Anthea Carson's "The Dark Lake" is a fast-paced novel that flits between the past and present-day life of Jane, a recovering addict who is trapped in limbo by a tragedy involving one of her best friends.
We first meet Jane in the present day. She is in her 20s or 30s, perhaps. Carson doesn't give a lot of detail about her physical appearance, leaving that to the imagination of the reader. We learn that Jane lives at home with her dysfunctional parents, attends AA meetings, and visits a therapist regularly. She can't hold a job, never graduated from high school or college, and constantly relives the past, torturing herself in the process.
So why bother reading about Jane when she sounds like so many wash-ups we read about in today's society?
Because she has a secret. A secret locked inside her mind to which even she doesn't hold the key. During the course of the story, we get bits and pieces here, a glimmer there, about what happened on the fateful night she relives over and over. What really happened that night? Did her friend survive the tragedy or perish? Can Jane overcome the past or is she destined to be lost to it?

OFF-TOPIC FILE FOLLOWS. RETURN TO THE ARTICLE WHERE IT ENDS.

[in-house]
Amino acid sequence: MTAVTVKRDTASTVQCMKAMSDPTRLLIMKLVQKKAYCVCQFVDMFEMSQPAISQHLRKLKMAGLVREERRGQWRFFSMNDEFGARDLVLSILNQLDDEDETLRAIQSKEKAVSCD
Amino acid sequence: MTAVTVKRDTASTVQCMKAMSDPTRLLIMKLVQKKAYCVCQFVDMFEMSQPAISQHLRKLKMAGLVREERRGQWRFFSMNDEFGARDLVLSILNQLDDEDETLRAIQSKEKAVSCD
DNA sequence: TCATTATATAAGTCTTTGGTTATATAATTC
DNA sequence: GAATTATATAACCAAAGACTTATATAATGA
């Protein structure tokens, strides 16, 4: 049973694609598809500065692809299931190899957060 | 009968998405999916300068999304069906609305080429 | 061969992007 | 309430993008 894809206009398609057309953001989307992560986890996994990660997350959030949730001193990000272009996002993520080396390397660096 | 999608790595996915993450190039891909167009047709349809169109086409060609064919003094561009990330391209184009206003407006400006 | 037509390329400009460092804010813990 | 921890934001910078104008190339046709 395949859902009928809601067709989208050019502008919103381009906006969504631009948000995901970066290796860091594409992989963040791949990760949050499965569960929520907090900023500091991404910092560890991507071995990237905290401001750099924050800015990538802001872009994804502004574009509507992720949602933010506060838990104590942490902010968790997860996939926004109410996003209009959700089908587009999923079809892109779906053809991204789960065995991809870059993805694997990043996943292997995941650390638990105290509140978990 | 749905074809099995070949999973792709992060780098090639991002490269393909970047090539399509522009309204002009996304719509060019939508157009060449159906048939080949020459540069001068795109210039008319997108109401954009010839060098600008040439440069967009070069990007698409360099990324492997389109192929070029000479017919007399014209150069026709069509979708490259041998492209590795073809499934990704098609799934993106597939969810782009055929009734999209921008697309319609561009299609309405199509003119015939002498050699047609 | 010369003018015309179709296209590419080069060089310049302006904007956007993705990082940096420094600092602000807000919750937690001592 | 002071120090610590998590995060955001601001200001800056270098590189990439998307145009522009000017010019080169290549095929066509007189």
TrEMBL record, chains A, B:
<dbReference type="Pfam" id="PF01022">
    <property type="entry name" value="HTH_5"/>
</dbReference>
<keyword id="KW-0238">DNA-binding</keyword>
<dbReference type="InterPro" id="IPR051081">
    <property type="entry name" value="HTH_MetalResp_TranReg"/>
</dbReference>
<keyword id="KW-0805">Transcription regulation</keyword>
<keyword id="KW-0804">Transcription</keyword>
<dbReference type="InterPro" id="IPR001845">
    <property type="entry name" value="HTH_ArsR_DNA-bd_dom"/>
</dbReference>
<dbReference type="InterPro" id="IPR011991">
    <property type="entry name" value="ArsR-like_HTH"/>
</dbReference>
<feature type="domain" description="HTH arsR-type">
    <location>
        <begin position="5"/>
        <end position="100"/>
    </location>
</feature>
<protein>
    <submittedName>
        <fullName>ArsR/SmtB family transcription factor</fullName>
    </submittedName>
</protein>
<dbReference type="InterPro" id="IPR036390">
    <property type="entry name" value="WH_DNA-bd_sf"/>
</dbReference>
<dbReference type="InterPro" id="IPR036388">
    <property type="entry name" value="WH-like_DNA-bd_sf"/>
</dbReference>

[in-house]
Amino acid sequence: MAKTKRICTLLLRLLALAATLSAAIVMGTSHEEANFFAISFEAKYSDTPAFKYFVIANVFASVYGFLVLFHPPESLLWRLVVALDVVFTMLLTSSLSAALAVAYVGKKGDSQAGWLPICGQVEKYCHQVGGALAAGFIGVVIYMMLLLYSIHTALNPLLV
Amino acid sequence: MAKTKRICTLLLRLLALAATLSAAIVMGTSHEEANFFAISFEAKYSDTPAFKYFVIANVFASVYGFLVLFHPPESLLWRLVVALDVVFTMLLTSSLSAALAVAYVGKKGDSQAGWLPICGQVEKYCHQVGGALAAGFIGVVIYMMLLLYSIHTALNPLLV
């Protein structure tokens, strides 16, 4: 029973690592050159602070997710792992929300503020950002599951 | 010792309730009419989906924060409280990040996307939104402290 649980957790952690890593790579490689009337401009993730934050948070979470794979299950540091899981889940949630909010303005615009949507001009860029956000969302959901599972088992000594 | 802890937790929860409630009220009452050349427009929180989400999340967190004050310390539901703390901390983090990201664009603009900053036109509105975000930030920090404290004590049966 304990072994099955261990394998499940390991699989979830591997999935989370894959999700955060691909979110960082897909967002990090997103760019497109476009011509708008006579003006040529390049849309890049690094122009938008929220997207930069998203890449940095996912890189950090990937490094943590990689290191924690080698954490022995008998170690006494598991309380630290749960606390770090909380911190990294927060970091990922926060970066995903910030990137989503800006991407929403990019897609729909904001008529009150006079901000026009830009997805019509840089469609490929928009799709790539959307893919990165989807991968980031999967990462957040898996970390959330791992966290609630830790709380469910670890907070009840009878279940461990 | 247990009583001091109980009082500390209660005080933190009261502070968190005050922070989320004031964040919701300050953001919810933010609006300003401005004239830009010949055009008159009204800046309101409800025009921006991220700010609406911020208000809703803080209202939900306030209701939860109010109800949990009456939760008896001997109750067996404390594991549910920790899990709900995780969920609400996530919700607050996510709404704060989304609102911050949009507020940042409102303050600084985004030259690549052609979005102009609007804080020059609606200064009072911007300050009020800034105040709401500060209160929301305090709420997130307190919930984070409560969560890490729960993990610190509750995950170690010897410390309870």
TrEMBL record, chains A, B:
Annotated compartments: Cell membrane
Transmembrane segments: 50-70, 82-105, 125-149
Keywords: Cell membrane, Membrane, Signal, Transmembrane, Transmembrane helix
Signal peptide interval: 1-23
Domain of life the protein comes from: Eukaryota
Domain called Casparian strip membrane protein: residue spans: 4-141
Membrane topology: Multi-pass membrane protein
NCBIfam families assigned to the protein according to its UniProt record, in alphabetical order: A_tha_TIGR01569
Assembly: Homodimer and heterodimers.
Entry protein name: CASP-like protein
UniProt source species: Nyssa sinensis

At first it seems as if she might be lost forever.
Carson has written and published several short stories, the novel "Ainsworth," and has co-written a book about chess. "The Dark Lake" seems drawn deep from the depths of her imagination and successfully captures the reader's imagination till the story's end. And then you have to read the sequel.